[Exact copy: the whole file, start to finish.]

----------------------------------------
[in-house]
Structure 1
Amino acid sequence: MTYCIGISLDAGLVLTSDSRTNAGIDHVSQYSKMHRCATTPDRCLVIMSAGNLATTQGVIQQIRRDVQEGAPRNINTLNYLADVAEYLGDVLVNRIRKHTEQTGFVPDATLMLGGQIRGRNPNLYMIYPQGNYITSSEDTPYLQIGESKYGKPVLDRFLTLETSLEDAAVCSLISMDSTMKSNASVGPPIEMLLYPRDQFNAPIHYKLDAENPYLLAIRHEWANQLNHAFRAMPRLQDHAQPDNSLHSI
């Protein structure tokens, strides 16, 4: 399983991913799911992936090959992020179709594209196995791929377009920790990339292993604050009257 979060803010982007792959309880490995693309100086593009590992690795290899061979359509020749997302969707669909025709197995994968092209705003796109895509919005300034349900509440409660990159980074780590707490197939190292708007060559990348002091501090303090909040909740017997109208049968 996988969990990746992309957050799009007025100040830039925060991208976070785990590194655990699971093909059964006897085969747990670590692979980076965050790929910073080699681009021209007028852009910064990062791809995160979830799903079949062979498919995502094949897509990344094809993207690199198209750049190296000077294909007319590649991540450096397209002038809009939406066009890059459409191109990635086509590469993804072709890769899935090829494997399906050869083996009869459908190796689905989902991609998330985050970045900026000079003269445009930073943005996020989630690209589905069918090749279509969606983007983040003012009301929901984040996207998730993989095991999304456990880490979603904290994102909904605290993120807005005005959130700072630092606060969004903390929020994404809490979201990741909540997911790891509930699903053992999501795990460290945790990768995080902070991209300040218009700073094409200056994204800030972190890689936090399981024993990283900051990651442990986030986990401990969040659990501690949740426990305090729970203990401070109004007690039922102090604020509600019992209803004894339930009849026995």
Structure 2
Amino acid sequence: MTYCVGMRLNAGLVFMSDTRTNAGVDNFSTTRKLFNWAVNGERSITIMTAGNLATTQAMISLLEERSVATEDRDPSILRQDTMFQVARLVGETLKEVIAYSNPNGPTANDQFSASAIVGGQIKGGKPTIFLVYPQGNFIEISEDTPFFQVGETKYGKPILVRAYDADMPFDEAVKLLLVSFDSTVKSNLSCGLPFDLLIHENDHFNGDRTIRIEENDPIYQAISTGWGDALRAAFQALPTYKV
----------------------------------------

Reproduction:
[in-house]
Structure 1
Amino acid sequence: MTYCIGISLDAGLVLTSDSRTNAGIDHVSQYSKMHRCATTPDRCLVIMSAGNLATTQGVIQQIRRDVQEGAPRNINTLNYLADVAEYLGDVLVNRIRKHTEQTGFVPDATLMLGGQIRGRNPNLYMIYPQGNYITSSEDTPYLQIGESKYGKPVLDRFLTLETSLEDAAVCSLISMDSTMKSNASVGPPIEMLLYPRDQFNAPIHYKLDAENPYLLAIRHEWANQLNHAFRAMPRLQDHAQPDNSLHSI
């Protein structure tokens, strides 16, 4: 399983991913799911992936090959992020179709594209196995791929377009920790990339292993604050009257 979060803010982007792959309880490995693309100086593009590992690795290899061979359509020749997302969707669909025709197995994968092209705003796109895509919005300034349900509440409660990159980074780590707490197939190292708007060559990348002091501090303090909040909740017997109208049968 996988969990990746992309957050799009007025100040830039925060991208976070785990590194655990699971093909059964006897085969747990670590692979980076965050790929910073080699681009021209007028852009910064990062791809995160979830799903079949062979498919995502094949897509990344094809993207690199198209750049190296000077294909007319590649991540450096397209002038809009939406066009890059459409191109990635086509590469993804072709890769899935090829494997399906050869083996009869459908190796689905989902991609998330985050970045900026000079003269445009930073943005996020989630690209589905069918090749279509969606983007983040003012009301929901984040996207998730993989095991999304456990880490979603904290994102909904605290993120807005005005959130700072630092606060969004903390929020994404809490979201990741909540997911790891509930699903053992999501795990460290945790990768995080902070991209300040218009700073094409200056994204800030972190890689936090399981024993990283900051990651442990986030986990401990969040659990501690949740426990305090729970203990401070109004007690039922102090604020509600019992209803004894339930009849026995």
Structure 2
Amino acid sequence: MTYCVGMRLNAGLVFMSDTRTNAGVDNFSTTRKLFNWAVNGERSITIMTAGNLATTQAMISLLEERSVATEDRDPSILRQDTMFQVARLVGETLKEVIAYSNPNGPTANDQFSASAIVGGQIKGGKPTIFLVYPQGNFIEISEDTPFFQVGETKYGKPILVRAYDADMPFDEAVKLLLVSFDSTVKSNLSCGLPFDLLIHENDHFNGDRTIRIEENDPIYQAISTGWGDALRAAFQALPTYKV